Thin-Film: Better Looking Solar
The major advantages of solar are pretty obvious… Save energy, save money, save the planet. So, what could possibly prevent a homeowner from making the upgrade? Money comes to mind. Even though it saves in the long run, it’s understandable that the initial investment of roofing, panels, and system installation that goes into switching to solar can still be a put-off to a lot of homeowners.
But another factor that’s maybe not so obvious (and a little surprising actually) is aesthetics. While the whole point of solar is to save, the fact is that for many homeowners, if it’s ugly, it isn’t worth it.
The truth is, that with today’s advances in solar panel technology, you don’t have to sacrifice beauty for energy efficiency.
More Subtle and Aesthetically Pleasing
Typical PV panels are thick and bulky and have obvious white grid-lines everywhere. They stand out abruptly and not in a good way.
Thin-film panels are…well, thin. But also, the finishes on them are way more appealing to the eye and far less bold.
For example, we use Stion thin-film panels, which come in black, glass-like finish that blends into your roof and makes the cell-lines virtually invisible and they come with a black, anodized aluminum frame. No more ugly, white gridlines.
Because thin-film technology still works great under shade or cloud cover, you don’t have to deal with weird tilts and angles that can make panels stand out even more awkwardly.
Superior Performance and Reliability
While this quashes the theory that solar will ruin the beauty of your home or building, you’ll be excited to learn that there’s more advantages to thin-film panels than just their good-looks.
Thin film PVs have extremely thin photosensitive layers that rest between Transparent Conductive Oxide glass and an additional backing material that is often thermally strengthened.
Because thin-film modules produce power at a much lower cost per watt than their crystalline silicon counterparts, these installations are ideal for larger-scale projects and just all around more efficient. Even at elevated temperatures or cloud days, they generate power at an incredibly consistent rate.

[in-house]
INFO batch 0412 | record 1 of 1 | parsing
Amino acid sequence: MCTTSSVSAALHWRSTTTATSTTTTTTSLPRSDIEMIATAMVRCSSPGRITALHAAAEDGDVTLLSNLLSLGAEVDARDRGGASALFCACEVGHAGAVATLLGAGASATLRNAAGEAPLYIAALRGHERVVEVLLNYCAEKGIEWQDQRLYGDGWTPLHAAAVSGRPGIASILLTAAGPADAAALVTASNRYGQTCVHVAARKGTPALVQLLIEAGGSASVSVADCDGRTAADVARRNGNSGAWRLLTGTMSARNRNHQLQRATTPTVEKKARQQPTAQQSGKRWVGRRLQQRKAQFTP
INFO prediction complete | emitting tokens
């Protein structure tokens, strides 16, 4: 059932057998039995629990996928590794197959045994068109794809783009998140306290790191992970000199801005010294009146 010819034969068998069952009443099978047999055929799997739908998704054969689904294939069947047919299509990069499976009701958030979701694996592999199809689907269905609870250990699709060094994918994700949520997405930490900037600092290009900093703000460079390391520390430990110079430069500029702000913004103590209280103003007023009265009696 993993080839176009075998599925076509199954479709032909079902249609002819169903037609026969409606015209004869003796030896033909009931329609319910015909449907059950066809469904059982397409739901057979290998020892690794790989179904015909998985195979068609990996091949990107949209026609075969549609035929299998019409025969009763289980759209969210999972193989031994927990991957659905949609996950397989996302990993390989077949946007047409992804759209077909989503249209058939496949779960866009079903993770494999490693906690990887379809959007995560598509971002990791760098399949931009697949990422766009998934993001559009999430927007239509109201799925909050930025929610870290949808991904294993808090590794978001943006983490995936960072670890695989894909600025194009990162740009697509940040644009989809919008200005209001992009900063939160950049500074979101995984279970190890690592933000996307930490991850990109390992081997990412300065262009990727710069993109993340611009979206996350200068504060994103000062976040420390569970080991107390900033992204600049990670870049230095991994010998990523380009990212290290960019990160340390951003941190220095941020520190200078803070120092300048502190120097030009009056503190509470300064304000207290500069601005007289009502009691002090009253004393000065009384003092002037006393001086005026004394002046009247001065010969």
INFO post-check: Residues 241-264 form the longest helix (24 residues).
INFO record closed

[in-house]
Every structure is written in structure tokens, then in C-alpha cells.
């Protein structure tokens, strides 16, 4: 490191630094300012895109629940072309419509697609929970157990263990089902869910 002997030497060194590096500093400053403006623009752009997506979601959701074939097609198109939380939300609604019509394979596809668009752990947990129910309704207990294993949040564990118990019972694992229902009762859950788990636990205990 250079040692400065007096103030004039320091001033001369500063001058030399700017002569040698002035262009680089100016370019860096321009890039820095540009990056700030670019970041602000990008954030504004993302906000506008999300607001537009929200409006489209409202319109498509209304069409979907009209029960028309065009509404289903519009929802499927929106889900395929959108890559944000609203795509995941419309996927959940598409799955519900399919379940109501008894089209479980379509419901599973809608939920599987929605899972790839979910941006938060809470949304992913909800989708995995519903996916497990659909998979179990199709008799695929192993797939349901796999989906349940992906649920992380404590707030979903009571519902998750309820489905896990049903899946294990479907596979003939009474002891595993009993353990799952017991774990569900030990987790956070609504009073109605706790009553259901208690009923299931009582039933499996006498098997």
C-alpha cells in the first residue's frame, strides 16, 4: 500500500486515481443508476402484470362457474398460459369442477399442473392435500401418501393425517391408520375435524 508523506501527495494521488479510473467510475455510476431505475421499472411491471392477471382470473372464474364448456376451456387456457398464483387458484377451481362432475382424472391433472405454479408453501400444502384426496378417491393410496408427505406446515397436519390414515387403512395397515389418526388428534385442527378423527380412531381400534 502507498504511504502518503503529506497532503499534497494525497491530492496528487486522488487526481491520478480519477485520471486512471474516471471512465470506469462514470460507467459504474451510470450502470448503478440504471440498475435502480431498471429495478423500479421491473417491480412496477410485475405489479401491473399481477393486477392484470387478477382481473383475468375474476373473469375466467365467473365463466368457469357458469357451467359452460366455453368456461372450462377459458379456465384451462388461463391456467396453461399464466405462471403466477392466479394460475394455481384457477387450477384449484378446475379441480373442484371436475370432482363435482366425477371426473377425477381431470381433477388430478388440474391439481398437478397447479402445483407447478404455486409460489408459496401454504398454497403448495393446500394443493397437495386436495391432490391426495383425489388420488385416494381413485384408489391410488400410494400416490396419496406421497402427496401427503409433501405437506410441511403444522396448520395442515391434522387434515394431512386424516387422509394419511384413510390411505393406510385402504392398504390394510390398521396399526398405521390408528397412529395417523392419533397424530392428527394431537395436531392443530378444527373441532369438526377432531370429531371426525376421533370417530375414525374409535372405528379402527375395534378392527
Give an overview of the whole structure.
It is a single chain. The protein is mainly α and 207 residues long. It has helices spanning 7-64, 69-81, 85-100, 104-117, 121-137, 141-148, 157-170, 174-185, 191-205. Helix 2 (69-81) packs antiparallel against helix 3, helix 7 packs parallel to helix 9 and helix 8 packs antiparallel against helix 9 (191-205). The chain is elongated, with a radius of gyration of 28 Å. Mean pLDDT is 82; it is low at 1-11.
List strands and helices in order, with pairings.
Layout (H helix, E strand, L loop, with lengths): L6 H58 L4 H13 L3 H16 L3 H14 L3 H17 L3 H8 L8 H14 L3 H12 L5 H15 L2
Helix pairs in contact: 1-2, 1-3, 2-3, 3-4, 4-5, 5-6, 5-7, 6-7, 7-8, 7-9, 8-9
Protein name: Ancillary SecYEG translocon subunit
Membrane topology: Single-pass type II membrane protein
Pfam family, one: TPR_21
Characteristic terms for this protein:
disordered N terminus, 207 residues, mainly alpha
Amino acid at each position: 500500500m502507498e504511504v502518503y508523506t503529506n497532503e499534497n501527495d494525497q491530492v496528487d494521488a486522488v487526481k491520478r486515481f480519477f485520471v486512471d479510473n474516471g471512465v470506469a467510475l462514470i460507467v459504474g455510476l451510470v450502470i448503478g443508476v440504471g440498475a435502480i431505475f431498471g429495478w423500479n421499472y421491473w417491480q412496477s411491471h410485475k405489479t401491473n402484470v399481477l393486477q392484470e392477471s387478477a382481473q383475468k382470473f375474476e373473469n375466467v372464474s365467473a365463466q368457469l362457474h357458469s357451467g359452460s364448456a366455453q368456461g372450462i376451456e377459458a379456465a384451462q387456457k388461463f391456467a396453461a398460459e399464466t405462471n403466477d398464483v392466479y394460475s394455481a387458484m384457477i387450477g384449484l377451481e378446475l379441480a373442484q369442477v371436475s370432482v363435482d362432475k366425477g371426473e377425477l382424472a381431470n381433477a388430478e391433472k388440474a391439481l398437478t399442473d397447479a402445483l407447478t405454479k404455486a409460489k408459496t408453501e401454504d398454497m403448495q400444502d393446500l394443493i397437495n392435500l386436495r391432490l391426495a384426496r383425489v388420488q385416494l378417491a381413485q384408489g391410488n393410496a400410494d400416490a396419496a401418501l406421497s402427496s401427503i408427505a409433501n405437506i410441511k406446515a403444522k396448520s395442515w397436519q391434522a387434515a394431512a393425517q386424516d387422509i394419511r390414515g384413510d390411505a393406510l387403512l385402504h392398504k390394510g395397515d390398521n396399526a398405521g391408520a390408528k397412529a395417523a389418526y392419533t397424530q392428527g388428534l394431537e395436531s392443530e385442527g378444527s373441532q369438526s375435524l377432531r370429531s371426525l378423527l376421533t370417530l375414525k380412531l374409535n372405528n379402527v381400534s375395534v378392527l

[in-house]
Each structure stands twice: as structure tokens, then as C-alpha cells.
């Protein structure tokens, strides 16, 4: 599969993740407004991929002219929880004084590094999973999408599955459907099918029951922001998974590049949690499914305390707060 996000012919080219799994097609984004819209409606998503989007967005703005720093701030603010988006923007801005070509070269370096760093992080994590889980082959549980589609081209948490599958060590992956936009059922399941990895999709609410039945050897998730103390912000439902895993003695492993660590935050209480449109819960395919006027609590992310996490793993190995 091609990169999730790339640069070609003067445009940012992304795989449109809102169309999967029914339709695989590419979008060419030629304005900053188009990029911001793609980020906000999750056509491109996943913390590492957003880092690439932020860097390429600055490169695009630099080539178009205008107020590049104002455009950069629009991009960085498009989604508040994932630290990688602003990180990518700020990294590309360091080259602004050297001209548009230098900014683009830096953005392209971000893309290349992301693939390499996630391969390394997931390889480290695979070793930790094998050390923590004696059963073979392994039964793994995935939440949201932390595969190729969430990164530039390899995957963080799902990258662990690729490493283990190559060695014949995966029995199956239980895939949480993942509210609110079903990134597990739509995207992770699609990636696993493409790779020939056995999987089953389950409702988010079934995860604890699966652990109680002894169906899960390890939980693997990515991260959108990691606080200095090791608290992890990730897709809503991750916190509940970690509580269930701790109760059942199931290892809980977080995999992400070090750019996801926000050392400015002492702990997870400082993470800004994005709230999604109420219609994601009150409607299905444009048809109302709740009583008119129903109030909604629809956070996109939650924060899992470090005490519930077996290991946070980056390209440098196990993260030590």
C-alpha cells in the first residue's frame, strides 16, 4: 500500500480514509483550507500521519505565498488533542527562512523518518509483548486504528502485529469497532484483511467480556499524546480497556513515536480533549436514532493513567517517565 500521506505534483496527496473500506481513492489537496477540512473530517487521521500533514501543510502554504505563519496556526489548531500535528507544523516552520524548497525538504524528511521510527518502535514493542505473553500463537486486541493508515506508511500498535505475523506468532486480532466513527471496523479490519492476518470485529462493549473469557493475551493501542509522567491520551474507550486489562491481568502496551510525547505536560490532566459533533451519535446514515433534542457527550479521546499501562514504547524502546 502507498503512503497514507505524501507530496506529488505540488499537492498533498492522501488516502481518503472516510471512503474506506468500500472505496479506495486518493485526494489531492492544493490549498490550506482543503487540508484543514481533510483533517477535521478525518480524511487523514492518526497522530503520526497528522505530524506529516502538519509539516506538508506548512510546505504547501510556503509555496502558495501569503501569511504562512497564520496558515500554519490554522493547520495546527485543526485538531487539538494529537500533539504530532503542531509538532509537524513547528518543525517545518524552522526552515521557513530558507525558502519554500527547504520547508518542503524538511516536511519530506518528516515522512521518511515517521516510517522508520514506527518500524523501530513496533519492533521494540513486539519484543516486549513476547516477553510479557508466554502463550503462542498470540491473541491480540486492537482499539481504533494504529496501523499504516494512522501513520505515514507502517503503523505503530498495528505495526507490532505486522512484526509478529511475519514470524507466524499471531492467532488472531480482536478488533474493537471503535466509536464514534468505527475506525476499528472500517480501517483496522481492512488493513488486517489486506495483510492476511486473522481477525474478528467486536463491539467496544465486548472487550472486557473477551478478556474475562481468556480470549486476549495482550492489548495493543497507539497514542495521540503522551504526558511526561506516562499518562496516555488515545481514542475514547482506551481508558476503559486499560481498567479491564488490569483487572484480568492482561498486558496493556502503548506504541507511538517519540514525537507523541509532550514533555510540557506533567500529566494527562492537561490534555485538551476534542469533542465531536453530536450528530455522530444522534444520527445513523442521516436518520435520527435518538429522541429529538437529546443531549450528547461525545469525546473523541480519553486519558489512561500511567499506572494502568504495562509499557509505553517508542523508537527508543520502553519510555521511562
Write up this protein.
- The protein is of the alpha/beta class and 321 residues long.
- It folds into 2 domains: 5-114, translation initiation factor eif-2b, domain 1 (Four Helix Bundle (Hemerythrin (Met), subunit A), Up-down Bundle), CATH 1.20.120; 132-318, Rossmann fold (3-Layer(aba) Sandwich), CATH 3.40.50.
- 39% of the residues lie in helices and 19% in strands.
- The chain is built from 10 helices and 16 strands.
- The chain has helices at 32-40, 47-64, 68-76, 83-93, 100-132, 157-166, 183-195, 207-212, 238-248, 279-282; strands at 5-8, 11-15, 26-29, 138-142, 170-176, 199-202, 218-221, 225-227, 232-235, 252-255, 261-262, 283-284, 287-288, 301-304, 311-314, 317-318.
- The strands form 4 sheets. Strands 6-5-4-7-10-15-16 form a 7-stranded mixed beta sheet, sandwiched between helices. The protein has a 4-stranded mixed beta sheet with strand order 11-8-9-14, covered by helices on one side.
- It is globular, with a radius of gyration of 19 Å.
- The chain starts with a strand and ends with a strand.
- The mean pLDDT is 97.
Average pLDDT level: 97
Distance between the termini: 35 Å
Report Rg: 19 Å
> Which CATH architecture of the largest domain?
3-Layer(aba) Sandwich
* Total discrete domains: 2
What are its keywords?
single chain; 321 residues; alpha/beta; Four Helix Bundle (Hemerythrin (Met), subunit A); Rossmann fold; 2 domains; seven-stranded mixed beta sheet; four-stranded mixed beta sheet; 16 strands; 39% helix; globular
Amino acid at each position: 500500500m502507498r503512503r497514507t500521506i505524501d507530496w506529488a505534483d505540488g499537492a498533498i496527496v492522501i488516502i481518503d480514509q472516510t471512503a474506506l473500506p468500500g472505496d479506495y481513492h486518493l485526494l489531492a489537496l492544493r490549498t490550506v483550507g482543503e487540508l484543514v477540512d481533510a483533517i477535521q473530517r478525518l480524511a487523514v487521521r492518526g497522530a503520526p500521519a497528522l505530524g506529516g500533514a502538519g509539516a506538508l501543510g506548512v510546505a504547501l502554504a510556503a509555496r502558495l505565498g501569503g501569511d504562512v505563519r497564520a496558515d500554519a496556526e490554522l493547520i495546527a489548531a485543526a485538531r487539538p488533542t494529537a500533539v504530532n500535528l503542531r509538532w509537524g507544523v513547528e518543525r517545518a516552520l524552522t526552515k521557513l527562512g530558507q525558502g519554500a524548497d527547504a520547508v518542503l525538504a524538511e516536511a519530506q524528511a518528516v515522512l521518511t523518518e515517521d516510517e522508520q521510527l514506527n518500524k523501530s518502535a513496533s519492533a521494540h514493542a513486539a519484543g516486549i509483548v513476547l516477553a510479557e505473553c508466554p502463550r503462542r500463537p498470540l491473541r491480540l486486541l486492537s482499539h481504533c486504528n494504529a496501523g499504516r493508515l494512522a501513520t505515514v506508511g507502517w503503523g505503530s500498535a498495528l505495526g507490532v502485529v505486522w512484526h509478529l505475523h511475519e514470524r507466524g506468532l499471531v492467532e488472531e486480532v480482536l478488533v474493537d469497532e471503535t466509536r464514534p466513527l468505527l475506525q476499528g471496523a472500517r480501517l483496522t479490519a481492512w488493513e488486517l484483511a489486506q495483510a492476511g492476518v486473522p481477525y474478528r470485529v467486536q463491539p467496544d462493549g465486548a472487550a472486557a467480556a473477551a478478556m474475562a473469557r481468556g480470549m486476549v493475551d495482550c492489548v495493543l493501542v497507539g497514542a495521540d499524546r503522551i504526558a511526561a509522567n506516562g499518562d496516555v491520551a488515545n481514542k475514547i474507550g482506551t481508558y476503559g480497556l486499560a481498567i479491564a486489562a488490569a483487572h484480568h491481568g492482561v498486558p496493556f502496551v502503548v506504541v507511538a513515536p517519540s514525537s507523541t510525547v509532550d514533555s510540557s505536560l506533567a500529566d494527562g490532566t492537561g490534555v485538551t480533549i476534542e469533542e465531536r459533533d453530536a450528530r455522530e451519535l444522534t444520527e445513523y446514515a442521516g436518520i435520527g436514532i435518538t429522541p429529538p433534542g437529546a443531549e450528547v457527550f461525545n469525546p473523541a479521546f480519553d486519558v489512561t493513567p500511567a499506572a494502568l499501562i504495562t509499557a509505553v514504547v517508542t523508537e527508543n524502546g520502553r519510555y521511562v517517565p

Believe it or not, too much heat from the sun is counter-productive to your solar panels power output. For every degree over 25degC a panel’s maximum power is reduced by a certain percentage. It’s called the “temperature coefficient Pmax.”
Because thin-film panels have much lower temperature coefficients than typical crystalline silicon modules, they retain more of their energy production potential in elevated temperatures, making them ideal for warm climates like San Diego.
One of the most important advantages of thin-film is their incredibly slow degradation rates. Panels that have polycarbonate backings can easily be penetrated by moisture over time. Many thin-film panels are covered by a quarter inch of glass and sometimes additional thermally strengthened backing.
There’s an installation of CIGS thin-film panels at the US National Renewable Energy Laboratory in Colorado that has been there for 13 years now. Recent inspections have shown even after all that time, there is ZERO detectible degradation of the panels. That’s an astonishing statistic that says a lot about the integrity of thin-film design and holds significant implications for the future of this technology.
Not only do they take a long time to degrade, but thin film holds less potential for failure than typical modules. Instead of 60 – 72 cells with thousands of internal connections, many thin-film modules are just one piece. That means far less points of potential failure and a thus a longer lifespan.
You might think that because of all these advantages and the superior aesthetics of thin-film that it is significantly more expensive. The truth is, that because of the efficiency of the technology, your system will produce more kilowatt hours per watt of system capacity and end up costing you less.
Crystalline silicon actually doesn’t absorb light very well. It mostly takes in low wavelength light but can’t absorb most of the light wavelengths that come from the sun. Thin-film absorbs far more light and it takes only 1 micron to absorb what 100 microns can in typical crystalline silicon modules.
With lower manufacturing costs, higher efficiency rates, and longer lifespans, thin-film will cost you way less in the beginning and the end, so there’s no need to settle for an outdated technology, when a superior and more attractive option is here and is ready to help you start saving!